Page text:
|Publication number||US6209917 B1|
|Application number||US 09/408,399|
|Publication date||Apr 3, 2001|
|Filing date||Sep 29, 1999|
|Priority date||Sep 8, 1998|
|Also published as||US6394729, US20010004151|
|Publication number||09408399, 408399, US 6209917 B1, US 6209917B1, US-B1-6209917, US6209917 B1, US6209917B1|
|Inventors||Stephen R. Welch|
|Original Assignee||Stephen R. Welch|
|Export Citation||BiBTeX, EndNote, RefMan|
|Patent Citations (7), Referenced by (12), Classifications (7), Legal Events (9)|
|External Links: USPTO, USPTO Assignment, Espacenet|
This application is a continuation application Ser. No. 09/148,888 entitled Unibody Binder filed Sep. 8, 1998
Field of invention relates to binders that are mass produced and capable of accommodating variable ring sizes. The binders in question are of the type that are used in schools, offices, homes and factories.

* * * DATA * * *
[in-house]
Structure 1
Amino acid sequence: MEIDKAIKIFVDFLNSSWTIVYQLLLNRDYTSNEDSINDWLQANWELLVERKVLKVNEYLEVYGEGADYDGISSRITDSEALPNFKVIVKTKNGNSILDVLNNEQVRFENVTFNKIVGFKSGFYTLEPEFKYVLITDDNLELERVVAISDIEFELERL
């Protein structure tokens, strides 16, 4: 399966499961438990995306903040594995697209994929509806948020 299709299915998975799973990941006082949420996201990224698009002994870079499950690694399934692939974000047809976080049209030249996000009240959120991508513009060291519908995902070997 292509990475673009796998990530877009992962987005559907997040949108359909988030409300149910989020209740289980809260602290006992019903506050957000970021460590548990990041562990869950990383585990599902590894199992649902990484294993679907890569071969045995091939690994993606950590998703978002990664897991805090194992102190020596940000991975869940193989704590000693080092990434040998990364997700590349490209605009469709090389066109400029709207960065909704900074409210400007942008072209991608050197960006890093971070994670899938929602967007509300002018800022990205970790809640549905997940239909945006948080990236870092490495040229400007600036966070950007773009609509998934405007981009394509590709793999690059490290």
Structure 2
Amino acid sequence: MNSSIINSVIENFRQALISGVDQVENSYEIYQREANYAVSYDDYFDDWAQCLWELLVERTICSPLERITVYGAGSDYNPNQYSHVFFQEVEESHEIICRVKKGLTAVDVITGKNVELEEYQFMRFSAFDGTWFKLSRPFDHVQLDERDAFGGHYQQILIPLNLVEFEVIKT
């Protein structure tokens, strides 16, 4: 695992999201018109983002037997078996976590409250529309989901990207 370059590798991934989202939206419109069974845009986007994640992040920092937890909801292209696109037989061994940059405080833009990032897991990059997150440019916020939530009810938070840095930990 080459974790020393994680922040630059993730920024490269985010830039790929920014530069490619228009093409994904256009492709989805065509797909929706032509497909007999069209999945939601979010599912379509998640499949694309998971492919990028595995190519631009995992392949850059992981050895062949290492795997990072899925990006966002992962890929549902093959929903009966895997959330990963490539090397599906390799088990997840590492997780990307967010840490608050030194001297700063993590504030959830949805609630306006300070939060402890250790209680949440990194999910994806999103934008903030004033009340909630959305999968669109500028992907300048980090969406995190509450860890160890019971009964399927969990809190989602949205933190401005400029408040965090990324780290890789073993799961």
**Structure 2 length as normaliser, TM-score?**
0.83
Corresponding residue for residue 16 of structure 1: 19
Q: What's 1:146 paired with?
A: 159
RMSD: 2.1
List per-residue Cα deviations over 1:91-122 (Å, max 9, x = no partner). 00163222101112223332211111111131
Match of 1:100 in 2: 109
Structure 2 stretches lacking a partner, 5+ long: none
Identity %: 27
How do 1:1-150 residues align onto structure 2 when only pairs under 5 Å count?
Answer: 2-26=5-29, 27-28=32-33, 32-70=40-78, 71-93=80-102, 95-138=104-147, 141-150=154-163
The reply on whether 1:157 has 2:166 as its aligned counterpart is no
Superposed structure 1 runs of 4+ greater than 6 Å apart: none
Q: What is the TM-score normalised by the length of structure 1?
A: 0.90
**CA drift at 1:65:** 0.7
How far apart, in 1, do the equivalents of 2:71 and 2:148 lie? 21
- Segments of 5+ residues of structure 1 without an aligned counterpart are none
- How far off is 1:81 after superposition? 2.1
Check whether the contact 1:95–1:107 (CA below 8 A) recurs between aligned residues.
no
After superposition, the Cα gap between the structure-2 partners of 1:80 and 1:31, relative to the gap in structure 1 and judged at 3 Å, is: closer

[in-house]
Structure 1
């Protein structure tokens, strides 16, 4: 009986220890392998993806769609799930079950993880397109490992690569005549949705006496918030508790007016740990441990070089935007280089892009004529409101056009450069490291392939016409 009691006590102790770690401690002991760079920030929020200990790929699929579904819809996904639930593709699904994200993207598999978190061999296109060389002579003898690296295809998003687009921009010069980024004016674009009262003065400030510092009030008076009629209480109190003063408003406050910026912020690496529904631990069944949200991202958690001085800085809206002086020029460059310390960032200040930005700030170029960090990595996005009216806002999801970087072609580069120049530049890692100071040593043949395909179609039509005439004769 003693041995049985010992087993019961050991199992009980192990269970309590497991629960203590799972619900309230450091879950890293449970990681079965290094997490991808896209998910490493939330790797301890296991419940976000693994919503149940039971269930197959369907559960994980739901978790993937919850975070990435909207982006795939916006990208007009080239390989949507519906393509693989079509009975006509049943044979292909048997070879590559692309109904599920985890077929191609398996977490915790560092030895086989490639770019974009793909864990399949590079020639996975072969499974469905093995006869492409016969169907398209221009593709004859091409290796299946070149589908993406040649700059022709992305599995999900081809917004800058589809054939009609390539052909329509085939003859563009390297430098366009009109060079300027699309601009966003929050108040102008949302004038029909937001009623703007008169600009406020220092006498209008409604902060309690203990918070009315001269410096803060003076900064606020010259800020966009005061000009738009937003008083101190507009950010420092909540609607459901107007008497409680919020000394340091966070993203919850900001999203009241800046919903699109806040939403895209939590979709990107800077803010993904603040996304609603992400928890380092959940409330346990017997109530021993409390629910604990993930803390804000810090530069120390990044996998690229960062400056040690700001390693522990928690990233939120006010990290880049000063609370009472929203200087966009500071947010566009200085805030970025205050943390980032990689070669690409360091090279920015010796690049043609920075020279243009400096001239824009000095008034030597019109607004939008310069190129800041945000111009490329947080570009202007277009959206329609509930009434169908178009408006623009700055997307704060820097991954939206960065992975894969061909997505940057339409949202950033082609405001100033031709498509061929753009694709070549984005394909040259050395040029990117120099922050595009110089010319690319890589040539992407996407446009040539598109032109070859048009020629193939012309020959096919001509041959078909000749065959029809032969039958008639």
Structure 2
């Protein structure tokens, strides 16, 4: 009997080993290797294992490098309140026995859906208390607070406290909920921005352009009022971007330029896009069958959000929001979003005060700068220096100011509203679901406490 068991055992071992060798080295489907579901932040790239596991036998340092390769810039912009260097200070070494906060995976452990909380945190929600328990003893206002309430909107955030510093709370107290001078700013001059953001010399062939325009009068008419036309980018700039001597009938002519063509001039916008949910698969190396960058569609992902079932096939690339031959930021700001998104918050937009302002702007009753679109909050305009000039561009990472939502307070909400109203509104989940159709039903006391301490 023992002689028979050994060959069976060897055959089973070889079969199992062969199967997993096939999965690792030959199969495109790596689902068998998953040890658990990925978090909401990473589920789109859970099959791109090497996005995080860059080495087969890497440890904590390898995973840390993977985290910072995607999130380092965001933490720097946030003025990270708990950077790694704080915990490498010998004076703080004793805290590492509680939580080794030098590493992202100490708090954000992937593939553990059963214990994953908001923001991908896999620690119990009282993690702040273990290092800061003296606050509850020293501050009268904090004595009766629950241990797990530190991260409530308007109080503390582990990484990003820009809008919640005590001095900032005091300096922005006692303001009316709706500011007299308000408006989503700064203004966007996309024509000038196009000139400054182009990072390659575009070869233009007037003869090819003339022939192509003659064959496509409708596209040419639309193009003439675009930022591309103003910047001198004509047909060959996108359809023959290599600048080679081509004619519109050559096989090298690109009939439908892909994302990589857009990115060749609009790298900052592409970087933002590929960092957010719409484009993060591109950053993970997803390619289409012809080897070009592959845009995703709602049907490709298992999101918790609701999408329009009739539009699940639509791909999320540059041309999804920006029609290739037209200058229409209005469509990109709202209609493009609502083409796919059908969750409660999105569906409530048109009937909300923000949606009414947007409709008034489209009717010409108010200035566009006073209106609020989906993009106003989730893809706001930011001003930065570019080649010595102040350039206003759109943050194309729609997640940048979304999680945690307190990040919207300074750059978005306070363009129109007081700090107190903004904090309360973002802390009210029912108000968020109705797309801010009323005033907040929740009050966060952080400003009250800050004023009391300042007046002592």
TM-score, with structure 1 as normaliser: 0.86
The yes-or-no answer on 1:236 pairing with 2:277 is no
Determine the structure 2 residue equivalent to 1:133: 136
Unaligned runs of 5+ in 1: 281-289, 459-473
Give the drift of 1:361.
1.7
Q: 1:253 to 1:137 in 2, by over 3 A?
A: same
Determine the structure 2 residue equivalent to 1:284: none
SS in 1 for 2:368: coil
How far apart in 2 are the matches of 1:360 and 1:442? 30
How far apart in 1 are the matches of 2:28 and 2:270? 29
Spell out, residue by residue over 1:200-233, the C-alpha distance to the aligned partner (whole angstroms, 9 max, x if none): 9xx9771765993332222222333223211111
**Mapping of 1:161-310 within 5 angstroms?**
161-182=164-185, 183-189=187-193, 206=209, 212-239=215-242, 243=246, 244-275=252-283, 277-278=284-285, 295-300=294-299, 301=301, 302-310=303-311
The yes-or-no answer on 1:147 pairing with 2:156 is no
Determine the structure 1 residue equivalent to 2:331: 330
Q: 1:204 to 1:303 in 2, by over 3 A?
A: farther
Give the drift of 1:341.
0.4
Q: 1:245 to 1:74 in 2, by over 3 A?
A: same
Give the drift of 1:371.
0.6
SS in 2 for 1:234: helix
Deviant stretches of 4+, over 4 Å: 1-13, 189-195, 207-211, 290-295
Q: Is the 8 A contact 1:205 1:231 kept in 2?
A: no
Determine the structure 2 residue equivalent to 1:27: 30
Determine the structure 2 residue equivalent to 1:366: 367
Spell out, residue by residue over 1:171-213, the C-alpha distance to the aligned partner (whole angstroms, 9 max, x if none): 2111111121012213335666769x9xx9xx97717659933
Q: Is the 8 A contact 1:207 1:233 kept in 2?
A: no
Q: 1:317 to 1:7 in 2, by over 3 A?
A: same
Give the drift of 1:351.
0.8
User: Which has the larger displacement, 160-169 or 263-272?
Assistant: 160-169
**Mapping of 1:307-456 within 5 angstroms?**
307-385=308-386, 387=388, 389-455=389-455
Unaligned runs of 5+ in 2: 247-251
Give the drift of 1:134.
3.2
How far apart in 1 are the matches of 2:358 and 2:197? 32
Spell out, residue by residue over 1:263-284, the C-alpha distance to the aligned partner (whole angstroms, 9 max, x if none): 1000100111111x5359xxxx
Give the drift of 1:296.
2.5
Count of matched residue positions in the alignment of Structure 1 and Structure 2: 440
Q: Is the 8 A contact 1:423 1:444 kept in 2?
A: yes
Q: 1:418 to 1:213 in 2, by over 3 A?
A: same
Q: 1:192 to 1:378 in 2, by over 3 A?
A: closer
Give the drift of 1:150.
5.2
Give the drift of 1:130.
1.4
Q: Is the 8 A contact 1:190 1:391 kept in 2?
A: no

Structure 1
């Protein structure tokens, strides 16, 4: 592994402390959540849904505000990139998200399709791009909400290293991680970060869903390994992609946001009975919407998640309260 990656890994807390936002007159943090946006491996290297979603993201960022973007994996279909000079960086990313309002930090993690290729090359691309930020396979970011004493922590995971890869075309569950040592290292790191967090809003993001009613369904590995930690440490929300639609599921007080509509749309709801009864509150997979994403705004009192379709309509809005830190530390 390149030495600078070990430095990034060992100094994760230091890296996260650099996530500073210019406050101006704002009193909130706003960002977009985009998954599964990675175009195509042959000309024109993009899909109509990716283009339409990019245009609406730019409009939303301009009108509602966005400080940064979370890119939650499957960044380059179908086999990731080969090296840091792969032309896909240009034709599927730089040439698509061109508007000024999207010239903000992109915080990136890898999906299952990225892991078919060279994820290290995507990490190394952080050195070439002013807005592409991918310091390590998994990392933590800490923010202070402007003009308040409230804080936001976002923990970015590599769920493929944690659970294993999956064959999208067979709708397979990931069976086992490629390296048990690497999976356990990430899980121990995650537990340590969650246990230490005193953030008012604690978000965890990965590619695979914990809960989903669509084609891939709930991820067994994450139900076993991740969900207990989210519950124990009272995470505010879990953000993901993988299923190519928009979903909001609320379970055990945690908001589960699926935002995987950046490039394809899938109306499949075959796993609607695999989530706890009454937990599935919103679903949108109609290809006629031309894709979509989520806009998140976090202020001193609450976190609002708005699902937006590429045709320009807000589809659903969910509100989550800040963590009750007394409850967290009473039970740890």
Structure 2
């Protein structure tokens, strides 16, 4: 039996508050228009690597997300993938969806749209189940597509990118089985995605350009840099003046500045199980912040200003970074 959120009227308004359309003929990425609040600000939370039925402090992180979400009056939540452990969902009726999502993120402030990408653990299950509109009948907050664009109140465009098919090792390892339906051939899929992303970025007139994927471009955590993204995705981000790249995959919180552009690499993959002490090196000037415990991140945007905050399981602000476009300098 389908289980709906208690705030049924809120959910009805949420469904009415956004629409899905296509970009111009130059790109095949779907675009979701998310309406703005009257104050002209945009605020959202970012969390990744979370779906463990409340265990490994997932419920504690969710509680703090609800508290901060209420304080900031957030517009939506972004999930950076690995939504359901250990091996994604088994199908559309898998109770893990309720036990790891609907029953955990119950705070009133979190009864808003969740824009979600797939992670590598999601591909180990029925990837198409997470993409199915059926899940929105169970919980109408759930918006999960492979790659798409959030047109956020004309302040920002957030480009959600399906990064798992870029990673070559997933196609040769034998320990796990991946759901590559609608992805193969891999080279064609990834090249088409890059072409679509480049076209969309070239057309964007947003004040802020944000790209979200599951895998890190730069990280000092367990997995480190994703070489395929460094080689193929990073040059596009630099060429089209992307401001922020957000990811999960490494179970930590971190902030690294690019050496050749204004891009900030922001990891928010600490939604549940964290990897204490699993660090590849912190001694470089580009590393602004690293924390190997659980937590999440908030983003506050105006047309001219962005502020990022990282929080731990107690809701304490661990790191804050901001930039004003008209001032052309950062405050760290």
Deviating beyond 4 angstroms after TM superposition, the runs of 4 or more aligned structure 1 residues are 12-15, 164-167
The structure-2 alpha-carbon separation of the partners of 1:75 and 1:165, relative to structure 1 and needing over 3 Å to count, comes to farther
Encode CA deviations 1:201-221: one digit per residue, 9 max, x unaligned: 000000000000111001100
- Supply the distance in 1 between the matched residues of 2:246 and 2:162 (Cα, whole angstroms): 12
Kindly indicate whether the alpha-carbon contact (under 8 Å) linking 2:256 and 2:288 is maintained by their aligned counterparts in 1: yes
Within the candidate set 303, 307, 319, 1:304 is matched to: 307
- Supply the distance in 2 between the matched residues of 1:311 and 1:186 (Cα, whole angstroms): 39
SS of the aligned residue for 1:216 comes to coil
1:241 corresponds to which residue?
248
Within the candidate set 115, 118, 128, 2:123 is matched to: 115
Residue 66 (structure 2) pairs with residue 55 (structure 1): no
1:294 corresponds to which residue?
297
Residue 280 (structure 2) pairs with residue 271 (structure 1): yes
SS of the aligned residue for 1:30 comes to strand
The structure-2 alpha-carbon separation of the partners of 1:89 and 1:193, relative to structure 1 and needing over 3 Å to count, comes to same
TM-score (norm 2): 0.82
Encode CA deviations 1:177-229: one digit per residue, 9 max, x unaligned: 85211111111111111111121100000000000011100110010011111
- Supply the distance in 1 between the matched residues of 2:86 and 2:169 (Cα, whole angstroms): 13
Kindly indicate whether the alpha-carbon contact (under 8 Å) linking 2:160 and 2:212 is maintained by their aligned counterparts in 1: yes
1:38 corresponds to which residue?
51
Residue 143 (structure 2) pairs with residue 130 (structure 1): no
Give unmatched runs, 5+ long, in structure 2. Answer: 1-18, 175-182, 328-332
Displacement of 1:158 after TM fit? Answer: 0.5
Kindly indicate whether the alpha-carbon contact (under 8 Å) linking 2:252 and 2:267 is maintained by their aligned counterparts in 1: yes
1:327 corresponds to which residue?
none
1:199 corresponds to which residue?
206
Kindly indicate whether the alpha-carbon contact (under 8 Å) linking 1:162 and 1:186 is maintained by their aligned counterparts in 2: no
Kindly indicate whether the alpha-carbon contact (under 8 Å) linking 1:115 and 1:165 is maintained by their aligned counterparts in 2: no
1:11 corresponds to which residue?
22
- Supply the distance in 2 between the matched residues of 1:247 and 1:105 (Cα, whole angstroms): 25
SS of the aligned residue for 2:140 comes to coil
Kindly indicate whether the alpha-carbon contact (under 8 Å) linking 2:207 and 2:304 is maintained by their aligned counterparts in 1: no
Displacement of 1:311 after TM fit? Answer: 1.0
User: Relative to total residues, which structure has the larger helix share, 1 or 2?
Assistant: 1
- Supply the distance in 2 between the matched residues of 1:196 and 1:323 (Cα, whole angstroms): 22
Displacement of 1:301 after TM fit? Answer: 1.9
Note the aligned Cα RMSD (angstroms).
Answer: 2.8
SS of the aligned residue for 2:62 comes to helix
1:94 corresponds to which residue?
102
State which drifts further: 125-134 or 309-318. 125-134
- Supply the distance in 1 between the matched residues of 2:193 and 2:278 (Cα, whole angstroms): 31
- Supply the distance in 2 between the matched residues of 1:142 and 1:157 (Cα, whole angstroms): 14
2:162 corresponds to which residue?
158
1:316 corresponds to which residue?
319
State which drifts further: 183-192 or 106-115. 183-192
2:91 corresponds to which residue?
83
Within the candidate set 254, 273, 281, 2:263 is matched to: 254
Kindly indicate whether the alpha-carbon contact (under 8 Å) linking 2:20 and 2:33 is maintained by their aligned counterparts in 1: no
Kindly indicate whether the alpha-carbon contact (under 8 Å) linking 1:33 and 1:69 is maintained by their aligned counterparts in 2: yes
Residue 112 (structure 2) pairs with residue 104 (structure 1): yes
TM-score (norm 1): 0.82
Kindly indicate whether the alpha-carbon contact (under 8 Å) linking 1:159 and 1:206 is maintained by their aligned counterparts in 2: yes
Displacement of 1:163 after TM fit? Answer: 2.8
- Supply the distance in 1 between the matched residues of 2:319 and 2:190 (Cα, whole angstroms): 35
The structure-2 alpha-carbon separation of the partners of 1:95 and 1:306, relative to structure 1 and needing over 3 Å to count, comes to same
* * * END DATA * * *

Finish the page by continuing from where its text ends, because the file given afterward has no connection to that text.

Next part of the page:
There are currently in the marketplace two types of traditional heat-sealed vinyl binders. One consists of a three-piece board construction that is welded together wherein a plastic material surrounds the three separate pieces and the hinges are formed by the plastic coverings being welded together between the spine and the front and back covers. The welded construction of this type of binder results in relatively weak hinge constructions that tend to fail with the covers pulling away from the spine. In the other traditional type, there is some connectivity or webbing taking place with the board, either the board has been slotted in the hinge areas, or it has been routed in the hinge areas, or the three pieces of board have been joined with a flexible backing. See the prior art illustrated in FIGS. 1A-D. In any case, the hinge areas are still substantially weak resulting in the covers severing from the spine. Examples of these board segmented constructions are illustrated in U.S. Pat. Nos. 5,222,825 and 5,620,207.